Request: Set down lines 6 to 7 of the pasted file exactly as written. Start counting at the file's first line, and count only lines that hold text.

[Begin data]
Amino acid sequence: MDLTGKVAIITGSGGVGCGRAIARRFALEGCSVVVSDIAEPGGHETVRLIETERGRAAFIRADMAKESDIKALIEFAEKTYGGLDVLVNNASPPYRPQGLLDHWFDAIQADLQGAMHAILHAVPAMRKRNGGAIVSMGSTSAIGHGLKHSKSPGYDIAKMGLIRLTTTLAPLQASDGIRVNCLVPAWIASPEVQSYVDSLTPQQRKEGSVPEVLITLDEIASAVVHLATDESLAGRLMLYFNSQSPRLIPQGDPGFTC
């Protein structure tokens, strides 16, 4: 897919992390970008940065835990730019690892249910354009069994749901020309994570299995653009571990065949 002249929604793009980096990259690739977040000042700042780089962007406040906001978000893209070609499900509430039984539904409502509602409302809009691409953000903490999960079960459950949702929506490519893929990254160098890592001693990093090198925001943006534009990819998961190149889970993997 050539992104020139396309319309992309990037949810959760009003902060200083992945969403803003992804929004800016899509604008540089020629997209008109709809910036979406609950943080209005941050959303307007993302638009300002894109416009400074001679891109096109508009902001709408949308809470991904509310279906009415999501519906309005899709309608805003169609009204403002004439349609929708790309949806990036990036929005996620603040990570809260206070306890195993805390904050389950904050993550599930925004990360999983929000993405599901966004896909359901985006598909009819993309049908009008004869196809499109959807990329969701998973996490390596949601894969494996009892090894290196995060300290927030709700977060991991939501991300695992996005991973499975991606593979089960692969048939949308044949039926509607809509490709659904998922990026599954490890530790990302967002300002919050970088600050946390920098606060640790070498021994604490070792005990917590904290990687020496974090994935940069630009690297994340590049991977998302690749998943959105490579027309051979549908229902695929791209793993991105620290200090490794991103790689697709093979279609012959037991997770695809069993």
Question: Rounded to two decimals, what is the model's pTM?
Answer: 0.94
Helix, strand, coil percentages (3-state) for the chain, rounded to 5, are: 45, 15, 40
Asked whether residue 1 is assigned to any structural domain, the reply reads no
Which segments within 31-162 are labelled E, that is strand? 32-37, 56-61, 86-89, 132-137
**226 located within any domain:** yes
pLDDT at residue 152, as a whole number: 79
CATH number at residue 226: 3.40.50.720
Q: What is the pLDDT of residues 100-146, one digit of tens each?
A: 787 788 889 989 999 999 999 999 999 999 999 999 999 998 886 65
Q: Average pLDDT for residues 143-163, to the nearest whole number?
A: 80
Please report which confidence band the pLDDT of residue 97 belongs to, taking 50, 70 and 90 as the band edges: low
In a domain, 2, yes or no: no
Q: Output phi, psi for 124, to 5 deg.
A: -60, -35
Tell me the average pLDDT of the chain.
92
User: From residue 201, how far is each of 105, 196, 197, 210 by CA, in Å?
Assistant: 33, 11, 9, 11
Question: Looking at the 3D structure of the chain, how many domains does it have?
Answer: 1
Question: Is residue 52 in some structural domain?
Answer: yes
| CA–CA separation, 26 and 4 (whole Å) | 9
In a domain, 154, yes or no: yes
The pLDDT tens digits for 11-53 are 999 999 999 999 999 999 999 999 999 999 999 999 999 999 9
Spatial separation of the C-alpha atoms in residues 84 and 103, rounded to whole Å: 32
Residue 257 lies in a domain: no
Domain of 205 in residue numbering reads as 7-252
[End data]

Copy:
Asked whether residue 1 is assigned to any structural domain, the reply reads no
Which segments within 31-162 are labelled E, that is strand? 32-37, 56-61, 86-89, 132-137